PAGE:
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Third Grade Citizens of the World


At Ellis Island
Throughout the fall, our third graders have been studying late 19th and early 20th century immigration to this country and its impact on their city, state, and nation.

This is an active unit involving extensive learning beyond the classroom, close examination of primary sources, and cultivation of creativity.

It began in October when, after studying immigration history, trends and reasons in class, the boys visited Ellis Island where they explored primary sources and artifacts.

Then just last week, the boys engaged in a Mock Ellis Island activity in which they assumed the identities of immigrants going through all the steps of immigration processing, from being interviewed by health, education, and character inspectors, to experiencing the thrill of being "admitted," to the disappointment of being "quarantined" or "deported."


Immigrant undergoing processing during Mock Ellis Island.
Next week, the boys will visit the Tenement Museum on the Lower East Side and experience the way immigrants lived in New York after arrival.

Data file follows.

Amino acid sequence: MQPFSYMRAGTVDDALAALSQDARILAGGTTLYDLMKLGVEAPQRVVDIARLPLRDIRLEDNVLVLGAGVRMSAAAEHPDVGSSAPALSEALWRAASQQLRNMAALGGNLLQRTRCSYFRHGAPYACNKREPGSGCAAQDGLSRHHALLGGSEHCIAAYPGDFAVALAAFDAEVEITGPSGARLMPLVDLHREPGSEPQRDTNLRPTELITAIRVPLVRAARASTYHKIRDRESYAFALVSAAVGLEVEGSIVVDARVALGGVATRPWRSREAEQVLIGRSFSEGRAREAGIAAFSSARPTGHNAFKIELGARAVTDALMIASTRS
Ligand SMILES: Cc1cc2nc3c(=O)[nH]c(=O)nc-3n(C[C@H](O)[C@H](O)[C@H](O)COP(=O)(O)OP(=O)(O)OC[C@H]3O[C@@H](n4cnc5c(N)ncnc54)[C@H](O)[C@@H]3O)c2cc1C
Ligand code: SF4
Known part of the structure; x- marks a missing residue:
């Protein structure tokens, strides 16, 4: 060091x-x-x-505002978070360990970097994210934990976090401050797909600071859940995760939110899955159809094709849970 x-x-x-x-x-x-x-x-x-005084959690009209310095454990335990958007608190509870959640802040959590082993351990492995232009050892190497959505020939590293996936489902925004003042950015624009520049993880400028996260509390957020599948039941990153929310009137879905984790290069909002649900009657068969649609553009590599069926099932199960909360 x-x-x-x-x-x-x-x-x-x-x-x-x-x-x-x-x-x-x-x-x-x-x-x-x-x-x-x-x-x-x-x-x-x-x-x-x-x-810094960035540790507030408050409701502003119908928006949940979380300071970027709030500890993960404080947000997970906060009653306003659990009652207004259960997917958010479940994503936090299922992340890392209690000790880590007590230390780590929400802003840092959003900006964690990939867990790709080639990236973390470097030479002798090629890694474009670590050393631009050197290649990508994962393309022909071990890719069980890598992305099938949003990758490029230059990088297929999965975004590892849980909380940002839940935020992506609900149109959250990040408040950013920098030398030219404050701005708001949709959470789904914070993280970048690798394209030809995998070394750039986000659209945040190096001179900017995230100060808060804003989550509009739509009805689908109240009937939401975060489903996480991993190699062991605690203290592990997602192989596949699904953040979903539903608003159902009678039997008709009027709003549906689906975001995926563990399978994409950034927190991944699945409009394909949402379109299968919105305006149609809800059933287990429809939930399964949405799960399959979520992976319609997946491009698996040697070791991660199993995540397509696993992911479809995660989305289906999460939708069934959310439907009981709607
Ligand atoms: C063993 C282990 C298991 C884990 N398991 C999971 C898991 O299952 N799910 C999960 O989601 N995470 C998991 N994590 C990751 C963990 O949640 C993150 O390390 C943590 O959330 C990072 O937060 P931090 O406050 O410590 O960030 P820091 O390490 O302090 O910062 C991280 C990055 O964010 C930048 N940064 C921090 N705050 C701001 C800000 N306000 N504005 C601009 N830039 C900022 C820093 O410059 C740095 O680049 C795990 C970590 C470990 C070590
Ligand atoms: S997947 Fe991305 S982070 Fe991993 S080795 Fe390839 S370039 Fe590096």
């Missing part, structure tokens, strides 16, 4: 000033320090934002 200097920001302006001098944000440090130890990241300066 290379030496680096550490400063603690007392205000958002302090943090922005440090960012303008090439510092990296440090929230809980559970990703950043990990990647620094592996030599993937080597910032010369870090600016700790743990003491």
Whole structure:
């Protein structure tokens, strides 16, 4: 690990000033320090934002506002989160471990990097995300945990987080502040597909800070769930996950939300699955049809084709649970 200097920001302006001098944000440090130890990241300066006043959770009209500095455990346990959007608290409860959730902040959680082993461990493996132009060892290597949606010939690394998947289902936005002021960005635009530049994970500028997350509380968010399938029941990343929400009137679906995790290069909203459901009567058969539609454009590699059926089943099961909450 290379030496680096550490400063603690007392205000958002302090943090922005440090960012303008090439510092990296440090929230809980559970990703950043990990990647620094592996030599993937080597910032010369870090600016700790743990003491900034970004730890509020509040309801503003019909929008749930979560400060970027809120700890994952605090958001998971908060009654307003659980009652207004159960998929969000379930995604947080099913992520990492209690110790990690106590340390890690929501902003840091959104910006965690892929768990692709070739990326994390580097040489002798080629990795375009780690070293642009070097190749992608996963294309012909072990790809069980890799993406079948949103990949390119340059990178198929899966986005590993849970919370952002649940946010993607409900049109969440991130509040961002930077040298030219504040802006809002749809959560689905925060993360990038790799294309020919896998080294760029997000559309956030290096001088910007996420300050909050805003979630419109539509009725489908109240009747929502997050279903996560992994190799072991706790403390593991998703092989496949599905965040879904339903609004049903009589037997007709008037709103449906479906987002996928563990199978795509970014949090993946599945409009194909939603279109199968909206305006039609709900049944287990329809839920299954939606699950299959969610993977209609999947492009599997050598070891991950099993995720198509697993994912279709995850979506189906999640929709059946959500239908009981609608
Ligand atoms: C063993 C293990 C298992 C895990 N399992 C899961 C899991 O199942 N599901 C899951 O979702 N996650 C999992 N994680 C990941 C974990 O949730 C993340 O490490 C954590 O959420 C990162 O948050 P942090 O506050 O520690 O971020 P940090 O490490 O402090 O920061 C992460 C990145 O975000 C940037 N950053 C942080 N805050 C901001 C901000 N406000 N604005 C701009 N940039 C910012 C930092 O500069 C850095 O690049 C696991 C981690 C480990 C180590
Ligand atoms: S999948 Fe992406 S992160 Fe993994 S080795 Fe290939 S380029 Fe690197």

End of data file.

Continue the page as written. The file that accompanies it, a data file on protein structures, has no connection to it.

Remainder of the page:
Through all of these activities, our boys develop an appreciation for the immigrant experience and begin to examine the many aspects of how we define culture and the contribution of immigrants to it. The boys will then use this foundation during the winter term, as they study the cultures of Haiti and South Korea, and engage in a related research project.

Admitted immigrants take oath of loyalty.
This is a rich unit of study for boys of this age. The ideas and ideals that drove, and still drive, immigration to this country are important for all citizens to consider, explore, and reflect upon.

It is equally vital that our boys, as citizens of the world, begin to understand and appreciate the various, and at times complex, similarities and differences among cultures, countries and societies around the topic of immigration.



















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